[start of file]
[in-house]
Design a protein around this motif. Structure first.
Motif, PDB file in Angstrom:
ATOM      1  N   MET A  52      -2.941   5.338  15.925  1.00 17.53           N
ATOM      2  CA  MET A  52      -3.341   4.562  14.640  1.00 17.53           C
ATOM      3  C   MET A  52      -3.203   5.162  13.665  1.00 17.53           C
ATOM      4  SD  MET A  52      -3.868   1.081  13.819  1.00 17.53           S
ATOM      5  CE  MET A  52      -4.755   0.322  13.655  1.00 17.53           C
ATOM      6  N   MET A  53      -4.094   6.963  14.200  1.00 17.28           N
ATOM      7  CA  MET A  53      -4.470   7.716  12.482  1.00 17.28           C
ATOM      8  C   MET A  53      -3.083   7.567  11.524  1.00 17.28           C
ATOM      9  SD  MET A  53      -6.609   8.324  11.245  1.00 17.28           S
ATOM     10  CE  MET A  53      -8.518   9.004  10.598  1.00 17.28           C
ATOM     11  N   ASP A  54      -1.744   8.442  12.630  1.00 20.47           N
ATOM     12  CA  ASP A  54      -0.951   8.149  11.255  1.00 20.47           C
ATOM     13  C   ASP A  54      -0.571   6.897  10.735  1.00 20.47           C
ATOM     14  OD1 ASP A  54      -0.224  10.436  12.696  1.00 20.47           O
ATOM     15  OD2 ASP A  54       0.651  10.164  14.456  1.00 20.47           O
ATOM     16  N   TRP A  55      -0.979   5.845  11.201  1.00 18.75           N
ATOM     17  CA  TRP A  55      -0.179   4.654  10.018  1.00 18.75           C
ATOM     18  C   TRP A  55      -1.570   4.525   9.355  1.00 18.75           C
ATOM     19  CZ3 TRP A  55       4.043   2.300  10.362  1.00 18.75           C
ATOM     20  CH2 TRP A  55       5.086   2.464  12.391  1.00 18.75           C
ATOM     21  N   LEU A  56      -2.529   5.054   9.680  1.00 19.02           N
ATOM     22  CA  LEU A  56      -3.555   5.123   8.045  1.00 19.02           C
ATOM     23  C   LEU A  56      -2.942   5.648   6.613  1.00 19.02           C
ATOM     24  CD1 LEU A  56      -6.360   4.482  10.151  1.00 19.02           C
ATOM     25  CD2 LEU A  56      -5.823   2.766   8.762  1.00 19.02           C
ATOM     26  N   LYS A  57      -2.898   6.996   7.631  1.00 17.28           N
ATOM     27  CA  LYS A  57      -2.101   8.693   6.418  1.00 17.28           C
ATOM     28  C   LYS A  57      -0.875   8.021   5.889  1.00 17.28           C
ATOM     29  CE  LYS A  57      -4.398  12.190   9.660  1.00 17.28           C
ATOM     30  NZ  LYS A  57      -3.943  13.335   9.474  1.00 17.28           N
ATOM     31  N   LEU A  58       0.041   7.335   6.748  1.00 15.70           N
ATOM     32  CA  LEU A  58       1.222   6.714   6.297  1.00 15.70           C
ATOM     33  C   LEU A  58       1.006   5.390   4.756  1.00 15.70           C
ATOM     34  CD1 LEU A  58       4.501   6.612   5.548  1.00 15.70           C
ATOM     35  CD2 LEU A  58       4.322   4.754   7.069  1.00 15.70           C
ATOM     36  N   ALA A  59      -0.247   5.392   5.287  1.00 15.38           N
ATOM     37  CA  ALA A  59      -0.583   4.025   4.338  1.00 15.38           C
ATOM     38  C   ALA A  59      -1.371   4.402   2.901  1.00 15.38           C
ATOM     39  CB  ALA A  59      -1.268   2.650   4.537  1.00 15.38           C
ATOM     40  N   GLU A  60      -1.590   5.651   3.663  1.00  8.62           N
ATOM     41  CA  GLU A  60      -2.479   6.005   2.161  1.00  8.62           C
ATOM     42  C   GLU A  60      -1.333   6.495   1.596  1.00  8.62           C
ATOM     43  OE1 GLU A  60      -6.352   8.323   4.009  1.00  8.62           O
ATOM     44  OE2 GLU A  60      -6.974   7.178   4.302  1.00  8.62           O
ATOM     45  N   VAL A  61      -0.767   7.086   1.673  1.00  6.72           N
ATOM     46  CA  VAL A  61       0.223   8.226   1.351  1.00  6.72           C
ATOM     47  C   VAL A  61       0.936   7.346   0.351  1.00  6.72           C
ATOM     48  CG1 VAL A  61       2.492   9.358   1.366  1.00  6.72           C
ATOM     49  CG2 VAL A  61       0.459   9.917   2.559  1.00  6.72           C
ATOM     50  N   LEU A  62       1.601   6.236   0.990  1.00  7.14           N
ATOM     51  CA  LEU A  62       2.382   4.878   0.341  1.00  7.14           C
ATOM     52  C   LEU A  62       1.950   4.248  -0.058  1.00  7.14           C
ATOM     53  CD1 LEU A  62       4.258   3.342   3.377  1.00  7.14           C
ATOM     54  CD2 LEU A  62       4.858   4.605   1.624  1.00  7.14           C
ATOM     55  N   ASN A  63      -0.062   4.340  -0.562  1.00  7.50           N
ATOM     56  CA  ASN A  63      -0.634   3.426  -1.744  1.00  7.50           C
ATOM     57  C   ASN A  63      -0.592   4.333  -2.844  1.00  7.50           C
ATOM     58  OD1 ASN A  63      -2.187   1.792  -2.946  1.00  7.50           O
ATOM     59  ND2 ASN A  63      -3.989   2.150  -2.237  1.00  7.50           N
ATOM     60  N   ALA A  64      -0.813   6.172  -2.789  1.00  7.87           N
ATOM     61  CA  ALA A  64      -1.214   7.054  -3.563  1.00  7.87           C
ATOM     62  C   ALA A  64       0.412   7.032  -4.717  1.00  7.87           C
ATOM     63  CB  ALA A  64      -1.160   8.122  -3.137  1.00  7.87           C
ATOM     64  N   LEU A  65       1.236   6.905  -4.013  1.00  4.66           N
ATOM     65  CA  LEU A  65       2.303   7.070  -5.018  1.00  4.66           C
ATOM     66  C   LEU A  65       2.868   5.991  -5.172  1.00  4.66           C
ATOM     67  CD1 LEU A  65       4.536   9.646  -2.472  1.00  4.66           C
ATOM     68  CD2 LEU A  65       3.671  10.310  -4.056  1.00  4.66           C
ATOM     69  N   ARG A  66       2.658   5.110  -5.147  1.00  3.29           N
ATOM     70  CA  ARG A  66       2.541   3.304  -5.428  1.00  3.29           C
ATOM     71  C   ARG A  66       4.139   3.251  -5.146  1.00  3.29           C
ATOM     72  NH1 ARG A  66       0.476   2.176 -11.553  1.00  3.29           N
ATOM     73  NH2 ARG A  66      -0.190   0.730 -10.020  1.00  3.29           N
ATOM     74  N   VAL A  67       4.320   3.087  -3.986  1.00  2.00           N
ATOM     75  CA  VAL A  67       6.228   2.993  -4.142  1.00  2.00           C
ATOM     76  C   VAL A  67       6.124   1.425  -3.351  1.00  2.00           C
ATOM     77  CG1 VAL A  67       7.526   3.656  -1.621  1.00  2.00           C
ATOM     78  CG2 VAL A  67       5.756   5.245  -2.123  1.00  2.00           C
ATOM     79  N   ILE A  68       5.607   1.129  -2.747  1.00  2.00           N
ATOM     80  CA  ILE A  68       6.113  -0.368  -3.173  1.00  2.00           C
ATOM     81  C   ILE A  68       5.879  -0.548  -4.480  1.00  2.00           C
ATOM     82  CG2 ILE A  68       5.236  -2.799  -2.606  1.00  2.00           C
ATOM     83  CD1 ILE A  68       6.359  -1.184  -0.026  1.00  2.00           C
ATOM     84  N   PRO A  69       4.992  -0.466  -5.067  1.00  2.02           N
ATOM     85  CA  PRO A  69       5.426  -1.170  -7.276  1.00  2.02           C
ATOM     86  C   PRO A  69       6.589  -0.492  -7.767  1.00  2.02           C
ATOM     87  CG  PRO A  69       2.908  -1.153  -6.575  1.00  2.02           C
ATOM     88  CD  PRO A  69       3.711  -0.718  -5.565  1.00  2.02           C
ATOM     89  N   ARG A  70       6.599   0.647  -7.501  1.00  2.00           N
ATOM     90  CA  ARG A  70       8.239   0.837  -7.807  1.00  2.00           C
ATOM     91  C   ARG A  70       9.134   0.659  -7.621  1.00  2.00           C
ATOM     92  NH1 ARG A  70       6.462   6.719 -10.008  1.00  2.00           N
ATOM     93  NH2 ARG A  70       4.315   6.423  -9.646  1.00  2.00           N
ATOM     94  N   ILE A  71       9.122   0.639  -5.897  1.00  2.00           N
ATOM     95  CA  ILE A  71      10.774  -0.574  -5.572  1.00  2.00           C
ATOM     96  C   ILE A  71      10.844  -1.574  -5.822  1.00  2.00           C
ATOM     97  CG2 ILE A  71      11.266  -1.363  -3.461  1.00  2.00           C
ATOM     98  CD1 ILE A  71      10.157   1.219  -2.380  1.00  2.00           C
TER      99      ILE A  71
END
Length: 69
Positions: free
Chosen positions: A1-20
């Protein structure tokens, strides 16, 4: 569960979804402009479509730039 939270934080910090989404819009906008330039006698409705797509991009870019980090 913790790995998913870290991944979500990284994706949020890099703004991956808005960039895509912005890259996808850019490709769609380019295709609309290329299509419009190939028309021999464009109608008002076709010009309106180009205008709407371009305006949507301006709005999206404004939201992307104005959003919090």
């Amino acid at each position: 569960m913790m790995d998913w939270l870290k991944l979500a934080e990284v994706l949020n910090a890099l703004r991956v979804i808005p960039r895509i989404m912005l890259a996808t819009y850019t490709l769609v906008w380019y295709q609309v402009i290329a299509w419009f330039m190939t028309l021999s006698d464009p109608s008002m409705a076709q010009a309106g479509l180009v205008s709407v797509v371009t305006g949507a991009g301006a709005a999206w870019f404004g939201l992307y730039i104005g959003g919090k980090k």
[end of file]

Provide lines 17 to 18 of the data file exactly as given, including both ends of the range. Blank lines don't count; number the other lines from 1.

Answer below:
ATOM     14  OD1 ASP A  54      -0.224  10.436  12.696  1.00 20.47           O
ATOM     15  OD2 ASP A  54       0.651  10.164  14.456  1.00 20.47           O